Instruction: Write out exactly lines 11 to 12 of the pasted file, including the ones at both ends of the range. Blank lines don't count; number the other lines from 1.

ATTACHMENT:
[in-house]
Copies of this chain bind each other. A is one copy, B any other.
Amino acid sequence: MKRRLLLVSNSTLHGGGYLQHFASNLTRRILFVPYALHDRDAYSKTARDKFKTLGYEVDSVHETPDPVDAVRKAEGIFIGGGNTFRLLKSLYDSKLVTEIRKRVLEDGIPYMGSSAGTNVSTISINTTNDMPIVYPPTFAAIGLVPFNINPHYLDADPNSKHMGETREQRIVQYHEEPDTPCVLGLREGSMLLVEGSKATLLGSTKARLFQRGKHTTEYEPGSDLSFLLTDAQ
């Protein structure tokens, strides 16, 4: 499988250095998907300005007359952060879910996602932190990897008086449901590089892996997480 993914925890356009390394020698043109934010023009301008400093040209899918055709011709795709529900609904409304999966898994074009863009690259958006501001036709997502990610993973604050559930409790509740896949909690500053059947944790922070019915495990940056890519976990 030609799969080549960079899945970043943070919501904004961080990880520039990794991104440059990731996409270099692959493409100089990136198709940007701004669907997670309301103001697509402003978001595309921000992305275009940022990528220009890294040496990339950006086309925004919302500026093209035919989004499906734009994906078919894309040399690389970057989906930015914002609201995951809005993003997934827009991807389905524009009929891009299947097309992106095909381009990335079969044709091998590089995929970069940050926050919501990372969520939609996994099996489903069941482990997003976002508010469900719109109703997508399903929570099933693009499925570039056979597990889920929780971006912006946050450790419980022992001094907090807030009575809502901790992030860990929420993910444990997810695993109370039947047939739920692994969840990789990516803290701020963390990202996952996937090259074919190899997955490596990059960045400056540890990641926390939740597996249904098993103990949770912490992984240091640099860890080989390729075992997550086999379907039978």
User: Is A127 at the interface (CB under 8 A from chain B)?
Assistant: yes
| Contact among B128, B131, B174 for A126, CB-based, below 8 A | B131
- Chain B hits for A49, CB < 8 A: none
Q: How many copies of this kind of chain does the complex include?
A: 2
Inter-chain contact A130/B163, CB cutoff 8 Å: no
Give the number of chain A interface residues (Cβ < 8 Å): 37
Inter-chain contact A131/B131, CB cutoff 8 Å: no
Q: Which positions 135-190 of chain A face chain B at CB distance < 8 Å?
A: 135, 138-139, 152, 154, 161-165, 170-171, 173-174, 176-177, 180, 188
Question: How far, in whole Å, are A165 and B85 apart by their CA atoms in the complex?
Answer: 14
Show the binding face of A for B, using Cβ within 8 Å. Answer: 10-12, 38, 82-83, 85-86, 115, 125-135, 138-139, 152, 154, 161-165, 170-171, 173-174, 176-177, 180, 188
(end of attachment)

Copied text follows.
Inter-chain contact A130/B163, CB cutoff 8 Å: no
Give the number of chain A interface residues (Cβ < 8 Å): 37